I’m a huge believer in having control over content that I purchase. I refused to use the iTunes Store, which otherwise provided the best online music experience, until the songs were available without the DRM restrictions hitherto demanded by the rights holders. I still prefer the humble DVD to other ways of getting video which are bound by the artificial (and ineffective) restrictions demanded by the rights holders.
I was interested to read Diane Coyle’s assessment on many of the shortcomings of e-books. I’m not a big reader myself, but books, electronic or otherwise, are an important part of society and of culture — and I too share some concerns that today’s e-books systems fail to offer important functionality that analogue books have had for generations.
Sharing, lending and borrowing of paper books is an important part of the whole book experience. Unfortunately, it’s something that is either obstructed entirely by today’s commercial e-book systems, or is an optional (and unavoidably platform-specific) feature that the publisher can refuse to offer on a whim.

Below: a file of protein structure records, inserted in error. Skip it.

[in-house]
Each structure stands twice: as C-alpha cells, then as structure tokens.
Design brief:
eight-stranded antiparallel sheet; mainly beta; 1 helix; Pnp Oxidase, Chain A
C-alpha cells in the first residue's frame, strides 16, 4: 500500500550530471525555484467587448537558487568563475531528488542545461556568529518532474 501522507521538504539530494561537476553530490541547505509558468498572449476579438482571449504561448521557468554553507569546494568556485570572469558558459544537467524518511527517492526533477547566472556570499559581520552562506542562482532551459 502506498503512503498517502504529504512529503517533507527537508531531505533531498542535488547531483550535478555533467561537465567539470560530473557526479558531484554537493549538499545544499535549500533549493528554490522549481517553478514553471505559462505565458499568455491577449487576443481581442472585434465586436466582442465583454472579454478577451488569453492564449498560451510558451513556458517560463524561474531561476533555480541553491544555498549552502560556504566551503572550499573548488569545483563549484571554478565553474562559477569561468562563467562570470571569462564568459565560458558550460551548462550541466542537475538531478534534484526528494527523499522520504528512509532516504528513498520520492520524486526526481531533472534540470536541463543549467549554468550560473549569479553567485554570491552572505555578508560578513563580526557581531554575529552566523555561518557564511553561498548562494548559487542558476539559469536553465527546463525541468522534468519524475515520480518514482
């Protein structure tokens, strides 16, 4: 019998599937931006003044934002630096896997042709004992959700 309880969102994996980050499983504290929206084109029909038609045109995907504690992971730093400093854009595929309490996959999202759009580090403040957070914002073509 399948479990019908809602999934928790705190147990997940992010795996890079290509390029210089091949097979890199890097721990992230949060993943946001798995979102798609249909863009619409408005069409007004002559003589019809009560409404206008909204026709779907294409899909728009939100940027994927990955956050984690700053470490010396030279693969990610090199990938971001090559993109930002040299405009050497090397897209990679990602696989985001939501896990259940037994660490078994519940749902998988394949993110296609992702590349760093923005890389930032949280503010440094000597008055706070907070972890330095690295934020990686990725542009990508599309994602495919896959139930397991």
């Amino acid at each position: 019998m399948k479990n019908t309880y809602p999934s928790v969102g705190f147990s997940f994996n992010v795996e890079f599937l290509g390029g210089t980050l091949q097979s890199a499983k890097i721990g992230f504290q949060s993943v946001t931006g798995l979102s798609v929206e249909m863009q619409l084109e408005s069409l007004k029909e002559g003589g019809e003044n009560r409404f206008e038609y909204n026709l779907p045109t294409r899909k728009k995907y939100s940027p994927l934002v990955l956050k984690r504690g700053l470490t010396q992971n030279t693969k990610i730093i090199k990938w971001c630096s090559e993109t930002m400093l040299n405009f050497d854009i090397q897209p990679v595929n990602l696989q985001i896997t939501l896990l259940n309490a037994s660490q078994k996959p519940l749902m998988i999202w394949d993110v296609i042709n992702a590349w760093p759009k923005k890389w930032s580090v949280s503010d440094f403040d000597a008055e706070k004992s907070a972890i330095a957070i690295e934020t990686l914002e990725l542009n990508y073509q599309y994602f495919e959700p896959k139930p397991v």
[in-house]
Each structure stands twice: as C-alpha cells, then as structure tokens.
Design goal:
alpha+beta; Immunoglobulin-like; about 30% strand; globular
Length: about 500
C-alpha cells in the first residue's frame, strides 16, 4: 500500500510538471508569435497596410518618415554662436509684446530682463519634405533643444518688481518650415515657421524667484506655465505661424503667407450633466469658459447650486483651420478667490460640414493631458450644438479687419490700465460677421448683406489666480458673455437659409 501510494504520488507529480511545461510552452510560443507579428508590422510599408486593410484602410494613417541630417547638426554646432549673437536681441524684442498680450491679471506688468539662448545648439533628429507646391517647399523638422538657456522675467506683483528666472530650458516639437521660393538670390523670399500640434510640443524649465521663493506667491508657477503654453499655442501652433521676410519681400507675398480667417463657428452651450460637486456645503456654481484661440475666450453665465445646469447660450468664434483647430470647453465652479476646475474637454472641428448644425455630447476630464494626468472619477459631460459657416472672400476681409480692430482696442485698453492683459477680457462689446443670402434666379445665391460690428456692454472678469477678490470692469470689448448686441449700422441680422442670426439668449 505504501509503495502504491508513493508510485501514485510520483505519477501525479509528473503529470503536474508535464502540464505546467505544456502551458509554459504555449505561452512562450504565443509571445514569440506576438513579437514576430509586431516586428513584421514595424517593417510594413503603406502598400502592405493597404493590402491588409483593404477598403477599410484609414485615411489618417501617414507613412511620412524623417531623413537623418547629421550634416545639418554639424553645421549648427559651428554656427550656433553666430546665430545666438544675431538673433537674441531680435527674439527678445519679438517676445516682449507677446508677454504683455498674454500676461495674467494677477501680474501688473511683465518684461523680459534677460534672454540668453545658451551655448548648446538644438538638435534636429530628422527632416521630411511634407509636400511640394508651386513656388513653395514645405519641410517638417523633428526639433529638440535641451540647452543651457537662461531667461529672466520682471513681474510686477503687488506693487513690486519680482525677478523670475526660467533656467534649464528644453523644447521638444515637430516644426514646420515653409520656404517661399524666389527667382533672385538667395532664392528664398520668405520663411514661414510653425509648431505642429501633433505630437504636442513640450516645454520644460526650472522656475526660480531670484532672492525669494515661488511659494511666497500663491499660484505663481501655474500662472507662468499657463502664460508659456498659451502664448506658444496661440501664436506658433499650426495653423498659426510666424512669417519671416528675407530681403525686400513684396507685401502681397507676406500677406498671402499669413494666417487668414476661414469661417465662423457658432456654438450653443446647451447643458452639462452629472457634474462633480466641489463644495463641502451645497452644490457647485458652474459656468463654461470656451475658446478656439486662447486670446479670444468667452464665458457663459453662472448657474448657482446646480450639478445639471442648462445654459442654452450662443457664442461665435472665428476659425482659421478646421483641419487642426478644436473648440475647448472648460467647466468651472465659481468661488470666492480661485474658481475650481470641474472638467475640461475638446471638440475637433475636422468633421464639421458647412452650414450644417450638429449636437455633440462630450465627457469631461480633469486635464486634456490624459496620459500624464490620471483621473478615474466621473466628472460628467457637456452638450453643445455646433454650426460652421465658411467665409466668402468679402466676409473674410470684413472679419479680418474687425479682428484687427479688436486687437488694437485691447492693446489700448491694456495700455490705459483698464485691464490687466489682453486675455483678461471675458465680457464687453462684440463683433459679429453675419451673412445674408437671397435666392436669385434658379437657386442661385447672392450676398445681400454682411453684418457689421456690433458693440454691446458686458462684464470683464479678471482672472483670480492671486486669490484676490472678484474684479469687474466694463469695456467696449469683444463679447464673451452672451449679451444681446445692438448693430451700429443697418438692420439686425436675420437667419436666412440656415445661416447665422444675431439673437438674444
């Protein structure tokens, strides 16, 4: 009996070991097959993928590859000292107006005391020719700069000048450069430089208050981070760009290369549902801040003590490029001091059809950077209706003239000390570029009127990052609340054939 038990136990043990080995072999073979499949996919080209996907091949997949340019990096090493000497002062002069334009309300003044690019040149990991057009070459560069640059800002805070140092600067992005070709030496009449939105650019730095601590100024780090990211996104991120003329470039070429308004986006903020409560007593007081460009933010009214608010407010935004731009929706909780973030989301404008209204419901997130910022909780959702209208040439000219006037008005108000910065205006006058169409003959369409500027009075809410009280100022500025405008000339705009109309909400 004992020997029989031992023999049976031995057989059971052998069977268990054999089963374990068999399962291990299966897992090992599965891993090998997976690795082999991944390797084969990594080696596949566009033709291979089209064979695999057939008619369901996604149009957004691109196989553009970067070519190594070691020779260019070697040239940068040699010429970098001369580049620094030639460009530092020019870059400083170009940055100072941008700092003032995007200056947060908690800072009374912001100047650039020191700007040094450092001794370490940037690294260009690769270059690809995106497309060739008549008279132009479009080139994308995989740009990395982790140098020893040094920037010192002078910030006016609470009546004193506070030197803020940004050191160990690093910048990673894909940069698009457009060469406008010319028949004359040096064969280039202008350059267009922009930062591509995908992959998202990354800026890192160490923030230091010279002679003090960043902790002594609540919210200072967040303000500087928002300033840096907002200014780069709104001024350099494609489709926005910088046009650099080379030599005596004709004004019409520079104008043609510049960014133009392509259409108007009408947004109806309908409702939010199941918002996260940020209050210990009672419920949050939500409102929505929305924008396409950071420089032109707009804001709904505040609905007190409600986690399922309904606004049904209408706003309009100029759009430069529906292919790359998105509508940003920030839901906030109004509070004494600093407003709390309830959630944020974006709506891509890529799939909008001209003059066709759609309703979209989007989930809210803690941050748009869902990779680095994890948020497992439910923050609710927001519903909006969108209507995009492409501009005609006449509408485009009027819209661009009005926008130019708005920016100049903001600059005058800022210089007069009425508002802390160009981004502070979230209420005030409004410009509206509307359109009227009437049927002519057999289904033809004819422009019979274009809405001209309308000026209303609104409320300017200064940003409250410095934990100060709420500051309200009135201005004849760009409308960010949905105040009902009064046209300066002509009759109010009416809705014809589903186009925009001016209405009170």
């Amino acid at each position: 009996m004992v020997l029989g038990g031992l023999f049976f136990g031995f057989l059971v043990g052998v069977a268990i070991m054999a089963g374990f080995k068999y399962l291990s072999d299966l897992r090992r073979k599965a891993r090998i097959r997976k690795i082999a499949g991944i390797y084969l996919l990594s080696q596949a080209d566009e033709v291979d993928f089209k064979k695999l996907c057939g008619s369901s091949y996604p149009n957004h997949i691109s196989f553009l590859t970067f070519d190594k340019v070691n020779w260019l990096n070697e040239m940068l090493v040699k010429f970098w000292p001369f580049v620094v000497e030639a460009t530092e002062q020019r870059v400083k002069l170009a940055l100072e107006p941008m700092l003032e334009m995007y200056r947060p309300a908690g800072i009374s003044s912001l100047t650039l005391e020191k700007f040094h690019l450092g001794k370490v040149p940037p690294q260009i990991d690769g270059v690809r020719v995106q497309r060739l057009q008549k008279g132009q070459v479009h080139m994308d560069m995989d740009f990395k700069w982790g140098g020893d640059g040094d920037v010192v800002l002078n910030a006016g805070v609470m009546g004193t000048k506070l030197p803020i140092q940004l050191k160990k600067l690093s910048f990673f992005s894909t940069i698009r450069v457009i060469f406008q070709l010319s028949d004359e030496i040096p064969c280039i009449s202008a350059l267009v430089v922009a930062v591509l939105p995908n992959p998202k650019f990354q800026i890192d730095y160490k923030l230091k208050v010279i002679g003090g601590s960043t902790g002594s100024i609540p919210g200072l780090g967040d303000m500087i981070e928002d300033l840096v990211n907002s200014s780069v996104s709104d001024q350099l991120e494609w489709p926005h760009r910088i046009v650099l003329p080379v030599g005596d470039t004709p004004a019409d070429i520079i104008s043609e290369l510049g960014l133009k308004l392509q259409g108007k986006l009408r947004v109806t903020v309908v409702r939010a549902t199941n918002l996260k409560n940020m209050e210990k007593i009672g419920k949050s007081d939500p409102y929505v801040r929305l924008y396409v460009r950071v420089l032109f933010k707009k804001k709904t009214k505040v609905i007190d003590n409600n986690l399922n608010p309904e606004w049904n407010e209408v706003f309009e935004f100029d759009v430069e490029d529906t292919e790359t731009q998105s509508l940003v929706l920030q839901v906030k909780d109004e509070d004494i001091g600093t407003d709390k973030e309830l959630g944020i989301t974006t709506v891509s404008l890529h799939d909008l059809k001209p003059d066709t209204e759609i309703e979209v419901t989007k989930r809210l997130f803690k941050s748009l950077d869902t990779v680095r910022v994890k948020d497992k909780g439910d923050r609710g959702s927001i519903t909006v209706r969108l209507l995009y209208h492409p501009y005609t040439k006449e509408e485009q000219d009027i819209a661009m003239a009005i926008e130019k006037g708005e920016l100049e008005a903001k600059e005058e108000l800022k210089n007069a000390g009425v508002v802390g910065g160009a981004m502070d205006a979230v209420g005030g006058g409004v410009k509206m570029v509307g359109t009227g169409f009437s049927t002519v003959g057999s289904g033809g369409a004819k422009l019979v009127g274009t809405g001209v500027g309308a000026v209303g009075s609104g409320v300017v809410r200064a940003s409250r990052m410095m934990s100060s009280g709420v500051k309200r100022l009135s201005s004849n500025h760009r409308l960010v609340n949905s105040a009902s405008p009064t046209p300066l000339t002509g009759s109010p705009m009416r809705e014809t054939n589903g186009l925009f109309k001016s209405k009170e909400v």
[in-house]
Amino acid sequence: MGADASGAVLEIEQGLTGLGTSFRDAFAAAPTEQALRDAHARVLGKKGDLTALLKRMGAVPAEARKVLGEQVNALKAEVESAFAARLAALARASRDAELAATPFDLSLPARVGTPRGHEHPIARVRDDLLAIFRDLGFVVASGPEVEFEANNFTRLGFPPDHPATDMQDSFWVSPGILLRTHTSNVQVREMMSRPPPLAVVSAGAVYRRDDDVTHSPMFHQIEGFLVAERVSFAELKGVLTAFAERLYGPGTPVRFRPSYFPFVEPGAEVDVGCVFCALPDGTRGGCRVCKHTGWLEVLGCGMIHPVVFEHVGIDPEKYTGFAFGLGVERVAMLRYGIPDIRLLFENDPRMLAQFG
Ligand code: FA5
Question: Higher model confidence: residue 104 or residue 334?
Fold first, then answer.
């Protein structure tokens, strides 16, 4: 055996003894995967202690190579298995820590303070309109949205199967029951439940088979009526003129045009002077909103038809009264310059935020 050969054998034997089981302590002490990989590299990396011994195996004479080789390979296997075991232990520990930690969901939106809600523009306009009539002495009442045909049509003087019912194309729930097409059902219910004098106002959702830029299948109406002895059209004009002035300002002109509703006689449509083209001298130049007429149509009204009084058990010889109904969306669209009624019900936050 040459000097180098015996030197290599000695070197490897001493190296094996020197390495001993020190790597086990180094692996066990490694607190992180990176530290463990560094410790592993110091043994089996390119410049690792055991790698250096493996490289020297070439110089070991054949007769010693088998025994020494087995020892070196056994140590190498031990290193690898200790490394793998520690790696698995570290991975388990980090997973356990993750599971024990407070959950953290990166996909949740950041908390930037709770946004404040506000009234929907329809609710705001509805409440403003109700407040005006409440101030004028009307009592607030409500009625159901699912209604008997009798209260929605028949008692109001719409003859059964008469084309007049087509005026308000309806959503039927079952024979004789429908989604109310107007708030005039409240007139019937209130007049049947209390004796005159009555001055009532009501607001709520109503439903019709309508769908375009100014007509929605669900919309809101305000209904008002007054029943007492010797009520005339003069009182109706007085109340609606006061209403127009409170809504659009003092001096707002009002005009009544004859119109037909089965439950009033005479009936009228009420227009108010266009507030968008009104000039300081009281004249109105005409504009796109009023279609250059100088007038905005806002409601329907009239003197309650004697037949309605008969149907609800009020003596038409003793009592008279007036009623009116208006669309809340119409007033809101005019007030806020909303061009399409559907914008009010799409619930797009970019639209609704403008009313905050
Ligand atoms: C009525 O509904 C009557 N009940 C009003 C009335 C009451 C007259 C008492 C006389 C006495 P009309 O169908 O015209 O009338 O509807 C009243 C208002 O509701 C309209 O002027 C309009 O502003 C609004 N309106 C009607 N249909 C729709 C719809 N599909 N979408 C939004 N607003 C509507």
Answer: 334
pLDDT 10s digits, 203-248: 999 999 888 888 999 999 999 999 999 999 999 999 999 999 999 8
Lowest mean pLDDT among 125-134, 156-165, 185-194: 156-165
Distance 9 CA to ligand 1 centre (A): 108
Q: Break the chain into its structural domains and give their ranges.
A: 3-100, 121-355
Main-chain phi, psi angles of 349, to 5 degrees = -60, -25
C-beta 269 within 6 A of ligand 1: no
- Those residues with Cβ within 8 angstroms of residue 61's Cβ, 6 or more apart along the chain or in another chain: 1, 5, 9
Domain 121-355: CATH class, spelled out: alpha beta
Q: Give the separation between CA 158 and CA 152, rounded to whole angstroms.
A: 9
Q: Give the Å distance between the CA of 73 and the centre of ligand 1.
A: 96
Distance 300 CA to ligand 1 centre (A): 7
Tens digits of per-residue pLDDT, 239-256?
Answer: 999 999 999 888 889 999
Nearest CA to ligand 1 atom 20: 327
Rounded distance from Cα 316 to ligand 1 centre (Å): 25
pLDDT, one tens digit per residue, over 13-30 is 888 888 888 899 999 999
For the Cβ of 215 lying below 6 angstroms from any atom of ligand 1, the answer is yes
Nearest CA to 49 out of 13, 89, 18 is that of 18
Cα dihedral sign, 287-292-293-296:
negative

Diane Coyle’s observation on this situation:
You can’t share books on a device. I can’t even get e-books I bought on one device onto another device I own, although no doubt one of my domestic IT support staff (sons) could do it for me. I certainly can’t read the e-books my husband downloaded because he’s onto his next e-book on his iPad. E-books torpedo domestic and friendly sharing.
Multiple, competing proprietary standards for reading books, where users have no ability to move their content from one format to another, is a really awful idea. We are inclined to accept this kind of incompatibility in newer media forms until one format wins — Betamax and VHS, HD-DVD and Blu-ray — but there’s never been incompatibility between owning hardback and paperback books, for example!